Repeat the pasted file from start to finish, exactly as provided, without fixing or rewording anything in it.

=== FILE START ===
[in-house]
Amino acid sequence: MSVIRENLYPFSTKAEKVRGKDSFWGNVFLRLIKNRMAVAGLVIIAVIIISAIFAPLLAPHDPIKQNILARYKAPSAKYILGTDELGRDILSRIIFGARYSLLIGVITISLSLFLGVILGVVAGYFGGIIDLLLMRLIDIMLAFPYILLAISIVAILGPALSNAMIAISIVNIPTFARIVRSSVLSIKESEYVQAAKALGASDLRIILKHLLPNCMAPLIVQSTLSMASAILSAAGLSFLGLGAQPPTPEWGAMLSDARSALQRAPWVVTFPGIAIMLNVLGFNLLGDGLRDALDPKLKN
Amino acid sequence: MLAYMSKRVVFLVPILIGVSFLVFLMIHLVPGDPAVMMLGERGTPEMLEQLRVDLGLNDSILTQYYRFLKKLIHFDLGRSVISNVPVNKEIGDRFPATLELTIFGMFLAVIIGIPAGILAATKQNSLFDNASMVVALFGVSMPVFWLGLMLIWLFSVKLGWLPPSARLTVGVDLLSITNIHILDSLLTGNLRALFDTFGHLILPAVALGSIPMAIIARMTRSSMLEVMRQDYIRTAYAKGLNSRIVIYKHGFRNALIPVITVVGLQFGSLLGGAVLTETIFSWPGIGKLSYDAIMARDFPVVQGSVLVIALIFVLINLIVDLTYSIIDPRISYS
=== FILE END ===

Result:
[in-house]
Amino acid sequence: MSVIRENLYPFSTKAEKVRGKDSFWGNVFLRLIKNRMAVAGLVIIAVIIISAIFAPLLAPHDPIKQNILARYKAPSAKYILGTDELGRDILSRIIFGARYSLLIGVITISLSLFLGVILGVVAGYFGGIIDLLLMRLIDIMLAFPYILLAISIVAILGPALSNAMIAISIVNIPTFARIVRSSVLSIKESEYVQAAKALGASDLRIILKHLLPNCMAPLIVQSTLSMASAILSAAGLSFLGLGAQPPTPEWGAMLSDARSALQRAPWVVTFPGIAIMLNVLGFNLLGDGLRDALDPKLKN
Amino acid sequence: MLAYMSKRVVFLVPILIGVSFLVFLMIHLVPGDPAVMMLGERGTPEMLEQLRVDLGLNDSILTQYYRFLKKLIHFDLGRSVISNVPVNKEIGDRFPATLELTIFGMFLAVIIGIPAGILAATKQNSLFDNASMVVALFGVSMPVFWLGLMLIWLFSVKLGWLPPSARLTVGVDLLSITNIHILDSLLTGNLRALFDTFGHLILPAVALGSIPMAIIARMTRSSMLEVMRQDYIRTAYAKGLNSRIVIYKHGFRNALIPVITVVGLQFGSLLGGAVLTETIFSWPGIGKLSYDAIMARDFPVVQGSVLVIALIFVLINLIVDLTYSIIDPRISYS